In 1966, a Bronco dragster built by Doug Nash ran the quarter mile in 9.2 seconds, with a top speed of 150 mph (240 km/h).
The redesign of the Bronco in 1978 was based on the F-100 truck, sharing many chassis, drivetrain, and body components. The entire front clip is indistinguishable from their full size trucks for those years, and 78/79 broncos were available in either round or square sealed beam headlight styles. Ford started the redesign in 1972, codenamed Project Short-Horn, but introduction was delayed by concerns over the mid-1970s fuel crisis. The increased size allowed them to compete with the fullsize SUVs offered by GM (Chevrolet Blazer/GMC Jimmy), Chrysler (Dodge Ramcharger/Plymouth Trailduster), American Motors (Jeep Grand Wagoneer), and Toyota (Toyota Land Cruiser). The base engine was a 351 cu in (5.8 L), with an optional 400 cu in (6.6 L). A Ford 9" rear axle and a Dana 44 front axle were standard. 1979 saw the addition of a catalytic converter, and other various emissions control equipment.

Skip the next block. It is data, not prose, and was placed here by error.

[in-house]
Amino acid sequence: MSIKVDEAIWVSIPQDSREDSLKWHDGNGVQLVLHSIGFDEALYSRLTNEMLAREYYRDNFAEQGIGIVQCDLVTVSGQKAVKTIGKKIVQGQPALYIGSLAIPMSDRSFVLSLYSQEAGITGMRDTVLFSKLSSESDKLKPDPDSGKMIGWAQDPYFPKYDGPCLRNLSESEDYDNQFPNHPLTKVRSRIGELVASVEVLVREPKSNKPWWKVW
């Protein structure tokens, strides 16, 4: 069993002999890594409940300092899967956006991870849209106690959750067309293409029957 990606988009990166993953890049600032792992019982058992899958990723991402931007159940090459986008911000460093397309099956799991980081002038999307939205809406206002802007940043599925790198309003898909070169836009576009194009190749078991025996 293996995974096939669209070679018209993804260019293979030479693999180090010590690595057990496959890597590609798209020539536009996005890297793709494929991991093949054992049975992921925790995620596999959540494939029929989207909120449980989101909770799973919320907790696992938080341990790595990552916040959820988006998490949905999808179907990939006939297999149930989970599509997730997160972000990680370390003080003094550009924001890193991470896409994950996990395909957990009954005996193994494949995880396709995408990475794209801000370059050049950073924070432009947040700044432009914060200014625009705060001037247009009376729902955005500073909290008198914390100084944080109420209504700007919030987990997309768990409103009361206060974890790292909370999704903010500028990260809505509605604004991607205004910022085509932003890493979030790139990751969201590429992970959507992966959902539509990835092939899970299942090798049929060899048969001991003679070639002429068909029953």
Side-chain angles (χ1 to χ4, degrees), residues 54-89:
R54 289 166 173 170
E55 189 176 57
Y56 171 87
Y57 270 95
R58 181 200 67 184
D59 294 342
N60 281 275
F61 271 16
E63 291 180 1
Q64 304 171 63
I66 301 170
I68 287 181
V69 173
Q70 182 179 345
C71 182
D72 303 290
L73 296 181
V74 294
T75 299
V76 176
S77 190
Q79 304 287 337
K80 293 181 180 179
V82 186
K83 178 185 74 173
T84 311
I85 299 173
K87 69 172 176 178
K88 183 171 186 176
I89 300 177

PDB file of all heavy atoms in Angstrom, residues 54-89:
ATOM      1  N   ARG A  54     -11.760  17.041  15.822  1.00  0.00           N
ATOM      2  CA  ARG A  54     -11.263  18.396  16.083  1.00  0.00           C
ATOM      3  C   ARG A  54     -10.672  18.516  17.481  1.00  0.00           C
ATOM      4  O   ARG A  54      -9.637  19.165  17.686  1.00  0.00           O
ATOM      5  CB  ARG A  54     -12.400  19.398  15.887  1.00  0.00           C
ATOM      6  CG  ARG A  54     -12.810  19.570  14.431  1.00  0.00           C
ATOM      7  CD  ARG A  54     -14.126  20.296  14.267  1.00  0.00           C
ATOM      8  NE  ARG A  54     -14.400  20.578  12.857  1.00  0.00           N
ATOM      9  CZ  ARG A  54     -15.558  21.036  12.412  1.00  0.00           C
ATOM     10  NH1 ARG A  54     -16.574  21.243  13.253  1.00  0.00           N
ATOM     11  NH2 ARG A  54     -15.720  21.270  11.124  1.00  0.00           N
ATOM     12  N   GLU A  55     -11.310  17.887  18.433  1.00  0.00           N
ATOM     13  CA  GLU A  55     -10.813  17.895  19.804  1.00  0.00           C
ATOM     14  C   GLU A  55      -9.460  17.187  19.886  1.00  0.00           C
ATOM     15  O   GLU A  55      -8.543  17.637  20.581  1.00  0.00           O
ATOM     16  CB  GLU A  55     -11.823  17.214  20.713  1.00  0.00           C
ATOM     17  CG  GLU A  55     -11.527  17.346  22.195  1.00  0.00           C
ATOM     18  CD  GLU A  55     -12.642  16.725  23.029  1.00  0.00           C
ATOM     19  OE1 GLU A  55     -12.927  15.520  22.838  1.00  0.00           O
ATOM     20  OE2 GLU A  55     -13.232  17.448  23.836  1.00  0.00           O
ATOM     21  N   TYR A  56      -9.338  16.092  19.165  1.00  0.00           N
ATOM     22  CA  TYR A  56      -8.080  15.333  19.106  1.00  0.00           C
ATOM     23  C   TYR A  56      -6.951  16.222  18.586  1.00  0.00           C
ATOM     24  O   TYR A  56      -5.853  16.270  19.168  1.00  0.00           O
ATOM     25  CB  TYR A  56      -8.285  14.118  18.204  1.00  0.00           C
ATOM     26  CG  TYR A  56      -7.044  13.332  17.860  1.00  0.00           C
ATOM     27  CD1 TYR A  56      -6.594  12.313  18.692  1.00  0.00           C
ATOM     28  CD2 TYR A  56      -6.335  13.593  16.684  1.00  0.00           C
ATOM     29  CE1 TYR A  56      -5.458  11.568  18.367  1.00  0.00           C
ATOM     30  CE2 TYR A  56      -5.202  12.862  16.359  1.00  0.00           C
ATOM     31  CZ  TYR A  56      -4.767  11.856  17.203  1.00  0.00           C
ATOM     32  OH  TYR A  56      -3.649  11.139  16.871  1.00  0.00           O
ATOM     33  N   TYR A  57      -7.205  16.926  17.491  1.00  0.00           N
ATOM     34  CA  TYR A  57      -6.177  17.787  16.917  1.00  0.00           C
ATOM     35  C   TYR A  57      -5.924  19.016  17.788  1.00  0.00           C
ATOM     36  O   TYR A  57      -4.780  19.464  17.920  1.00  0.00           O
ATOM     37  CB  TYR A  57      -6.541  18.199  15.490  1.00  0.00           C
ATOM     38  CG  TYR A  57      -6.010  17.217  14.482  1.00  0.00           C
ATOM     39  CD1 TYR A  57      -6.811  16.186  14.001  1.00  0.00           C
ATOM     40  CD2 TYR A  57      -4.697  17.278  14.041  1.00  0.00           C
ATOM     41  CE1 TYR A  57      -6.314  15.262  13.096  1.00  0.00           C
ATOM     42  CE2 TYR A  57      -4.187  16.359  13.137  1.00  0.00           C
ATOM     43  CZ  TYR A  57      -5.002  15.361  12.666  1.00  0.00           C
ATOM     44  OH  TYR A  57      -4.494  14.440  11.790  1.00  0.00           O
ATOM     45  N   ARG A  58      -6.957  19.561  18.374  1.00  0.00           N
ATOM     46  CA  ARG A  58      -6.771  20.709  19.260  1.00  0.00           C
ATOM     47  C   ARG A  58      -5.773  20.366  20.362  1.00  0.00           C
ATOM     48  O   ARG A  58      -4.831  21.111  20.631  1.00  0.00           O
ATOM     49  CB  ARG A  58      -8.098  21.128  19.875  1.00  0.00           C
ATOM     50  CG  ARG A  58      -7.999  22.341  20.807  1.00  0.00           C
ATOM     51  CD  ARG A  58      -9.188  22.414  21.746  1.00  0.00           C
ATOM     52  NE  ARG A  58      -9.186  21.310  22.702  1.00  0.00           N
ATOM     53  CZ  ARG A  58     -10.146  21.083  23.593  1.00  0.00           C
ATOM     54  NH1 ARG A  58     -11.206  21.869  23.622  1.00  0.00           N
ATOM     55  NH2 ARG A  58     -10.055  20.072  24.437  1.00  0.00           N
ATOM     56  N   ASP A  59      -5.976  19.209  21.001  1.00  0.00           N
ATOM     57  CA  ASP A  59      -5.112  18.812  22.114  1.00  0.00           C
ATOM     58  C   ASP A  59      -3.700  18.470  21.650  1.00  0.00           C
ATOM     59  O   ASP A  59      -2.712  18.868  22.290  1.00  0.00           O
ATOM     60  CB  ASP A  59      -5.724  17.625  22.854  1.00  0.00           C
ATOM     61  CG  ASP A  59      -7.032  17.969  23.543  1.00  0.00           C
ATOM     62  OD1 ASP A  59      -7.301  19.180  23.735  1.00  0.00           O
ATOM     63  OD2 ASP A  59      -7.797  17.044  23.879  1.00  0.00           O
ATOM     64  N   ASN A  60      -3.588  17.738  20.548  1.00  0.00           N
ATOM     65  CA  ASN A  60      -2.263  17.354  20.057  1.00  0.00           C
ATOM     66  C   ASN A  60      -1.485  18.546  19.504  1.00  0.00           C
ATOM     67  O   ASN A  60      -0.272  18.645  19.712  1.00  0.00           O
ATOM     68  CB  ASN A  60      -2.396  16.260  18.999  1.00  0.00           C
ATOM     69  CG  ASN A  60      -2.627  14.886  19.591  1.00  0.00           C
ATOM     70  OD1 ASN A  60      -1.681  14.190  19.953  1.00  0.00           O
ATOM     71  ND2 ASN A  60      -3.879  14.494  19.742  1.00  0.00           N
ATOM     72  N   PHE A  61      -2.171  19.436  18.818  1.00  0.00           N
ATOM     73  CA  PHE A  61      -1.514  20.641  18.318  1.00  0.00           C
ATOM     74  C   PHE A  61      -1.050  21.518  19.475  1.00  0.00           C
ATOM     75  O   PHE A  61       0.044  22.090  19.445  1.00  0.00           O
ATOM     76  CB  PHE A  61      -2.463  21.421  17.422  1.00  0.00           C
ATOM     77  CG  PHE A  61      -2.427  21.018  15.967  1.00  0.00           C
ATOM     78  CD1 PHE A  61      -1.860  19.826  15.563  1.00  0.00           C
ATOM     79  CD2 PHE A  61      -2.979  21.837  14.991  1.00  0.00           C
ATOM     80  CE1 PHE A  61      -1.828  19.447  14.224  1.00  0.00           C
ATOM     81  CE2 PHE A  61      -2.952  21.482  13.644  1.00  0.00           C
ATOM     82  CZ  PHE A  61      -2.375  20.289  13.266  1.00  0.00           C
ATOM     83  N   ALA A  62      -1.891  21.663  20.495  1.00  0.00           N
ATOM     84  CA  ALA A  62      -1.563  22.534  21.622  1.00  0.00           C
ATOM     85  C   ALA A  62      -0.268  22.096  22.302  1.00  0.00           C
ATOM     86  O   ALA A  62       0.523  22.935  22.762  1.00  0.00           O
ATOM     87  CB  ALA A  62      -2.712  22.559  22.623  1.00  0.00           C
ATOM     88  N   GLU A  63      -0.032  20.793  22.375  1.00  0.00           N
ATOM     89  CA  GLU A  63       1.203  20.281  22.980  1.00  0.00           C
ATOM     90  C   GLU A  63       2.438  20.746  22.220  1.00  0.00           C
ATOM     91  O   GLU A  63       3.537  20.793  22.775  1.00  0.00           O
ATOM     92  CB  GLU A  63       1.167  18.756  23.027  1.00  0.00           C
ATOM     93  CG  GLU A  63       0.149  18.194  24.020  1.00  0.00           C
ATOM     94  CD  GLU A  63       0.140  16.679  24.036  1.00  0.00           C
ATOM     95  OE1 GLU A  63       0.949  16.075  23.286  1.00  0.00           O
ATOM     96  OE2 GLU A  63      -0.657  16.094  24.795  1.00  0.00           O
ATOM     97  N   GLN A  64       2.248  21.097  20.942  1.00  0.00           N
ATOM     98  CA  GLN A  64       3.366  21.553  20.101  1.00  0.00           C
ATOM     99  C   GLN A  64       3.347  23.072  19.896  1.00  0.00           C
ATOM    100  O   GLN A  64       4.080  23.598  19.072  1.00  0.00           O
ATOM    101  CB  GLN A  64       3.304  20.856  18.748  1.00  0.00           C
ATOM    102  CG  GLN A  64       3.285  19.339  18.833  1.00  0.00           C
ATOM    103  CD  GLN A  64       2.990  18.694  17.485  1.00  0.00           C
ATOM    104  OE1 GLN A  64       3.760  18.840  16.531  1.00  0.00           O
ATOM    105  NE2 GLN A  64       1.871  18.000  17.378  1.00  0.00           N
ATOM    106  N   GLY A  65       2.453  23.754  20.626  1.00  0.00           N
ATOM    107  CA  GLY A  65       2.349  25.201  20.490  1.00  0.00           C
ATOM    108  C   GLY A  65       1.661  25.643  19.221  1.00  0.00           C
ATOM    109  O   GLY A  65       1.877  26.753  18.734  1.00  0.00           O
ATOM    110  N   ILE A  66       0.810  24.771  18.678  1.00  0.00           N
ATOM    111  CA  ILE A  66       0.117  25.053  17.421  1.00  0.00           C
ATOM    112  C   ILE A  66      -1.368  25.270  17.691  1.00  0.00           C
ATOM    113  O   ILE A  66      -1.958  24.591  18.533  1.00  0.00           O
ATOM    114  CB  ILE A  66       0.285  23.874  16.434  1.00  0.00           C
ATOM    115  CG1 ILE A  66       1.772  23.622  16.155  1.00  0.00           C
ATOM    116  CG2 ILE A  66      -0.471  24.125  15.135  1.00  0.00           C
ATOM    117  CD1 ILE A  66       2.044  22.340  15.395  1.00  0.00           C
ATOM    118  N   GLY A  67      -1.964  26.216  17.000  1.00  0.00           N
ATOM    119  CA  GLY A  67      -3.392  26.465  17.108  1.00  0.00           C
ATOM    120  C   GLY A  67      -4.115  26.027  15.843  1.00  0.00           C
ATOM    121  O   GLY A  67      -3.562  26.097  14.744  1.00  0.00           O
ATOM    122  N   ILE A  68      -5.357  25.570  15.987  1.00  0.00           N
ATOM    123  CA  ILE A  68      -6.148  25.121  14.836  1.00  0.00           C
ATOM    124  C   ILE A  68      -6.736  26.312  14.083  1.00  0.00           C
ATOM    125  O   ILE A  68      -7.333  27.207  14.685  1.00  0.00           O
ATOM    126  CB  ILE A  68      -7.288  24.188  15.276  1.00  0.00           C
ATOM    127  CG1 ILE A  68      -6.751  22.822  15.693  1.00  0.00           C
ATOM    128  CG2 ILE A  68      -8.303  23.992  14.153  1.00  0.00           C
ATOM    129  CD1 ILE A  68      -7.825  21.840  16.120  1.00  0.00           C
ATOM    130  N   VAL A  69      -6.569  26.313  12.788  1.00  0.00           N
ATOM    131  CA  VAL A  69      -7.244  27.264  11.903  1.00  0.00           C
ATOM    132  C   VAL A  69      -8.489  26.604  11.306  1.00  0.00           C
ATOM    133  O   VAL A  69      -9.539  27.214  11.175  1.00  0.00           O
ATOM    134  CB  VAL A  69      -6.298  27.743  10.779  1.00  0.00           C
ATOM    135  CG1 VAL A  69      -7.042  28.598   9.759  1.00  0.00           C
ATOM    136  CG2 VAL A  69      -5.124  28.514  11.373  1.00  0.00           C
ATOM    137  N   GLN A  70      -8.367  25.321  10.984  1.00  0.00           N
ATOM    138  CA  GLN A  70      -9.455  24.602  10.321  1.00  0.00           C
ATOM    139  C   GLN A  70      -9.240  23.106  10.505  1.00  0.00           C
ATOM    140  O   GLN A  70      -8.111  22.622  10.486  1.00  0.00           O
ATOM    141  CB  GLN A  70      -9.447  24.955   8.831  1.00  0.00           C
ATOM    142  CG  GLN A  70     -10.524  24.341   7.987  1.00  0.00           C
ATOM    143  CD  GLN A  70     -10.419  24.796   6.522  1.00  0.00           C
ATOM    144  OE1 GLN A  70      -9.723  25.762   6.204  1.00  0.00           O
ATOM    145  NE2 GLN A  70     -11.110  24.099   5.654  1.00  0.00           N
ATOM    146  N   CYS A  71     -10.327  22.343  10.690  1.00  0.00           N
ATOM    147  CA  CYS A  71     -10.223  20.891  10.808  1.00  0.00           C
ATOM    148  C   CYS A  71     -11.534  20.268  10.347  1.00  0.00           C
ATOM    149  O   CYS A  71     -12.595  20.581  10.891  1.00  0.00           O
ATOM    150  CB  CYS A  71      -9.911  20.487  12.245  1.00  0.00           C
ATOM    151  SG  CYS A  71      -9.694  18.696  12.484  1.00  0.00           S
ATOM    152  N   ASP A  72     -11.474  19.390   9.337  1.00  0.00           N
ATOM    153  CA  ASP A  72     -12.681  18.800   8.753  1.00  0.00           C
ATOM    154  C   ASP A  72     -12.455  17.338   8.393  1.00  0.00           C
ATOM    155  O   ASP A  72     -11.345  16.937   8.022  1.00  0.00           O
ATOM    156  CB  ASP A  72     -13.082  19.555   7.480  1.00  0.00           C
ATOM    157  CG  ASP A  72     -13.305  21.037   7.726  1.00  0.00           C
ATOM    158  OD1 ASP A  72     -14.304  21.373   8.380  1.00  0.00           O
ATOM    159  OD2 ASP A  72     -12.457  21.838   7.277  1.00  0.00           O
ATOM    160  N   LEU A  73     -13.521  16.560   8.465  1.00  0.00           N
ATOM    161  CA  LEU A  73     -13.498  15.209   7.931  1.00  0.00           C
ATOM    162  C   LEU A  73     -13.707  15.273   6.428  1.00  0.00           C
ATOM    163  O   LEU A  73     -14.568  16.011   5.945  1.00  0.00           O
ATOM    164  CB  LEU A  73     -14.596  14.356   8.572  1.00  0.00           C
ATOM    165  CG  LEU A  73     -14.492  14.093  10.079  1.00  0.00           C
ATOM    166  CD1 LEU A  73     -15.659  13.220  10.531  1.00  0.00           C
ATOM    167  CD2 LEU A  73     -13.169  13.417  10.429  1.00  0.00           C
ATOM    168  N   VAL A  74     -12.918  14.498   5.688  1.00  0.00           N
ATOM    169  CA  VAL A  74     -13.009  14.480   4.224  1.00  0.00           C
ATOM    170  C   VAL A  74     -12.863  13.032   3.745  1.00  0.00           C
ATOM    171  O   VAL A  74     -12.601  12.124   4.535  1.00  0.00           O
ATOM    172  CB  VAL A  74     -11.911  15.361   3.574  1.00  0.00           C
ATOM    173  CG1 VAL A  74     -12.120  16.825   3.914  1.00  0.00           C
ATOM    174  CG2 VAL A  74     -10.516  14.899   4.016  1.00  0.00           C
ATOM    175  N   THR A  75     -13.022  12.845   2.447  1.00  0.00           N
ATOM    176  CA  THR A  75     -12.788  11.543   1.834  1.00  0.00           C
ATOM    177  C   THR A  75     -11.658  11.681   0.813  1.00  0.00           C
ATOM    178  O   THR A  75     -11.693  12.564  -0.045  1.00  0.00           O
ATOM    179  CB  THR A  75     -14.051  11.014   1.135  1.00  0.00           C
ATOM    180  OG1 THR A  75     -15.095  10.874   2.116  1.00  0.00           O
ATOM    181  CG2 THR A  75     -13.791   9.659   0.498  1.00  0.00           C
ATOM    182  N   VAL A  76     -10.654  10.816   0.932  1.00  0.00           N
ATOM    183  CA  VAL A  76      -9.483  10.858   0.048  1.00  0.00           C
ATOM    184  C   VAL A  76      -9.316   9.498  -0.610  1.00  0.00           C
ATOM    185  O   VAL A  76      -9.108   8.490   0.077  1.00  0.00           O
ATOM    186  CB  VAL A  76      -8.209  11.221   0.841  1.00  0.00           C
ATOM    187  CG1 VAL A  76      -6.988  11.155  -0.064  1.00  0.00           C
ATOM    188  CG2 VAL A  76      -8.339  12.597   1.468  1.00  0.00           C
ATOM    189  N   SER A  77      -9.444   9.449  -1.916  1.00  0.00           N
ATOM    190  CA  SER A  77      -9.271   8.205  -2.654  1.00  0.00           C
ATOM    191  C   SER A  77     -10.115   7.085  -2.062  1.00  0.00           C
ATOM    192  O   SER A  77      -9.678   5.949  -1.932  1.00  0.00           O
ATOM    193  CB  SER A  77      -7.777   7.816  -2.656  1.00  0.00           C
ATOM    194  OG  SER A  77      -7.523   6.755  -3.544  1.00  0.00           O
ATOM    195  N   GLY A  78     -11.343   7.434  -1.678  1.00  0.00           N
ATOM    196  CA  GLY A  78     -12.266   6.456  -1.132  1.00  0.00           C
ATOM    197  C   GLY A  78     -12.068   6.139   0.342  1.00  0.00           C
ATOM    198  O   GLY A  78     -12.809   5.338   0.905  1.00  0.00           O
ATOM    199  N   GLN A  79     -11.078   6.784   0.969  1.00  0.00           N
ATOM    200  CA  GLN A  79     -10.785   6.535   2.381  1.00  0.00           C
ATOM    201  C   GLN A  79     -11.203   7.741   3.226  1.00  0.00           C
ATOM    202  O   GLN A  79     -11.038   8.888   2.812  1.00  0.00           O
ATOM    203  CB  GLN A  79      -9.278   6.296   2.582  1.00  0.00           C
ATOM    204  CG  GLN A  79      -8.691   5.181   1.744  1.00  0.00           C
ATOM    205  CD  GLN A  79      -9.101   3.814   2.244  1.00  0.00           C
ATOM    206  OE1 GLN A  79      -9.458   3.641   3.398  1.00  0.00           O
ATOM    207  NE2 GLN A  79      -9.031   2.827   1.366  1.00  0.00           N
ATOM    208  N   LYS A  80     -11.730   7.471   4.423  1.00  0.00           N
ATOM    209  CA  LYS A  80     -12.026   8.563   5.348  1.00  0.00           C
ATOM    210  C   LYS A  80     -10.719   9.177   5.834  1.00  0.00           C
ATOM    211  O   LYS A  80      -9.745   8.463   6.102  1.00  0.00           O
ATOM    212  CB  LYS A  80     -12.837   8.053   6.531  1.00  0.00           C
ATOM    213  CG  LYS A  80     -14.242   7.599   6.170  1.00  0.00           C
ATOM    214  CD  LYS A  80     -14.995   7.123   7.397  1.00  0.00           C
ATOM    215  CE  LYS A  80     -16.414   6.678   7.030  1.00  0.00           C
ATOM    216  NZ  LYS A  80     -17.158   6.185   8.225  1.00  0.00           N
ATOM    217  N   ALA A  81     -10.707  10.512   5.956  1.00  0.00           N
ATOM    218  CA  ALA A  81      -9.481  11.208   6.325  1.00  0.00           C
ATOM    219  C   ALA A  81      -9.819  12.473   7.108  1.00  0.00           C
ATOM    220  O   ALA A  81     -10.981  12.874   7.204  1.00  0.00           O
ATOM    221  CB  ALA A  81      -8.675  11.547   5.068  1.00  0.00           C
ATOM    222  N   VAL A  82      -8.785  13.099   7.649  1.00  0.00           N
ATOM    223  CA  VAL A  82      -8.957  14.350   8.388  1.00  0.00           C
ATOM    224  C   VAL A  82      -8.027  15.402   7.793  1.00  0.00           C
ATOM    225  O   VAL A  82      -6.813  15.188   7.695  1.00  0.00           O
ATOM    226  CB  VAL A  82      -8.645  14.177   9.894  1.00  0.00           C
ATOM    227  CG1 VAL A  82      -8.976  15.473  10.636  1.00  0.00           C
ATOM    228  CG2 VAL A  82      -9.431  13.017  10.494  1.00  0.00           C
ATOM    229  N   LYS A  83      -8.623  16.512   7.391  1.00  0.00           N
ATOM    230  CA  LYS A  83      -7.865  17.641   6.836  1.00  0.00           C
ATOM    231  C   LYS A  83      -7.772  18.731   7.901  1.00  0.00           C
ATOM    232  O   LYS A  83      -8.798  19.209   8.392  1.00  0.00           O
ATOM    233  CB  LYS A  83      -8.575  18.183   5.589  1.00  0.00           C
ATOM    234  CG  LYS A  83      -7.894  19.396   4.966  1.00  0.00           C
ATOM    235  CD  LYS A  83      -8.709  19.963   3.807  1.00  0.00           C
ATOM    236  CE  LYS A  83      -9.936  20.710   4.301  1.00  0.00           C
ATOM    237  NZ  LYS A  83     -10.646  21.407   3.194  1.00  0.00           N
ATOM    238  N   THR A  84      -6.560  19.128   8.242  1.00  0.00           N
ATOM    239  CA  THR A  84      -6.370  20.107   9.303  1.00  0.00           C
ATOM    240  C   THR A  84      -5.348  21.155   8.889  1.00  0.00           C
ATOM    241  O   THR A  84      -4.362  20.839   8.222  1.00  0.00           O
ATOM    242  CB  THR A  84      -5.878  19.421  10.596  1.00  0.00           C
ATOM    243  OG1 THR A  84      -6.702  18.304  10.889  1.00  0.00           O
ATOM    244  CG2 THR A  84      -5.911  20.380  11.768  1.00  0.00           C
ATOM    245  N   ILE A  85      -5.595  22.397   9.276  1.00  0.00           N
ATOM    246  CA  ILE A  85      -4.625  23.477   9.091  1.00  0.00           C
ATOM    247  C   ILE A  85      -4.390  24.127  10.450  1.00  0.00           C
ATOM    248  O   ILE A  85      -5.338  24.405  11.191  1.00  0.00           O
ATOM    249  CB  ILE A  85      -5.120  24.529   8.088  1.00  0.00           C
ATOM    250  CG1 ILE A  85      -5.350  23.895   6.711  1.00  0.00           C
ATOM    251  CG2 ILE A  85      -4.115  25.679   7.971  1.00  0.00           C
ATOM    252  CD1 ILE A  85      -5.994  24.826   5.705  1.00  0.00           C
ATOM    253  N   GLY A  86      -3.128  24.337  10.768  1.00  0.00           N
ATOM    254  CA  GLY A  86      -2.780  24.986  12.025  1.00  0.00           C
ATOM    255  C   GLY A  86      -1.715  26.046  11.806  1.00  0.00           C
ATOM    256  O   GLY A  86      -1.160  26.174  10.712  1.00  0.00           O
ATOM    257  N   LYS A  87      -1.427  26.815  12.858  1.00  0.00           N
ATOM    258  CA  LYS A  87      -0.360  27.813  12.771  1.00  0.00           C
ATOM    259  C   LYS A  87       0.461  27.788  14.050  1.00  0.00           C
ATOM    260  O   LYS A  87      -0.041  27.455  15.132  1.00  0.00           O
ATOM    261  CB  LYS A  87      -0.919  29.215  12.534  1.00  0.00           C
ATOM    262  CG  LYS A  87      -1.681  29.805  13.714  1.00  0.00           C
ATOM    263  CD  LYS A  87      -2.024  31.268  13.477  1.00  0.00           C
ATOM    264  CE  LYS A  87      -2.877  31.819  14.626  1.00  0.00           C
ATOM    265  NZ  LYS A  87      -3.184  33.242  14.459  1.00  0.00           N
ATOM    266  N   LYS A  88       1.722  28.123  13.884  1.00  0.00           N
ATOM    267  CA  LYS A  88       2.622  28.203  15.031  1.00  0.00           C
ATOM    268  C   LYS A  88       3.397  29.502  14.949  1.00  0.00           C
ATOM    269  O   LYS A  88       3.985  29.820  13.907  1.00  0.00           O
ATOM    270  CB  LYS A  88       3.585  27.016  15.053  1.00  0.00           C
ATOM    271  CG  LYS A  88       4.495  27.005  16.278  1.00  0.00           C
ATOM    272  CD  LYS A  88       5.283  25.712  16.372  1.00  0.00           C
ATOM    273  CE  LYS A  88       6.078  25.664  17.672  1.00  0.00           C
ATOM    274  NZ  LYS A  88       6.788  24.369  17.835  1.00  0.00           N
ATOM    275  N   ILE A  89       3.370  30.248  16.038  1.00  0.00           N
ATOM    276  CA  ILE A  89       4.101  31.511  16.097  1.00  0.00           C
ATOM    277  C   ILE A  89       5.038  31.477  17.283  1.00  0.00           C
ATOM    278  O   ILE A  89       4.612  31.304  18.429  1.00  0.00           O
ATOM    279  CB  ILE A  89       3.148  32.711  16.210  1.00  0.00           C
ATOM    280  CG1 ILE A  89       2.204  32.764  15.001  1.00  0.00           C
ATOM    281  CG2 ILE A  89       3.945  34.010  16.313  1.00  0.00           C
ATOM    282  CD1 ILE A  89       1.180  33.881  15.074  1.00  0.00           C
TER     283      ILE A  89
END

The 78-79 Broncos are among the most popular fullsize Broncos due to their solid front axles, favored by most off roaders and many towers. The Bronco dropped the solid front axle for an independent front suspension setup in 1980. All Broncos from 66-96 came with a solid rear axle.
There was a major redesign of the model in 1980 (the 1980 model was based on the redesigned Ford F-Series; this generation lasted until 1986 with no sheetmetal changes, mostly powertrain and chassis related). The new Bronco was shorter, and had cosmetic changes along with powertrain, suspension and other odds and ends. Most notably, the Ford Bronco had a TTB (twin traction beam) setup in the front end for an independent front suspension.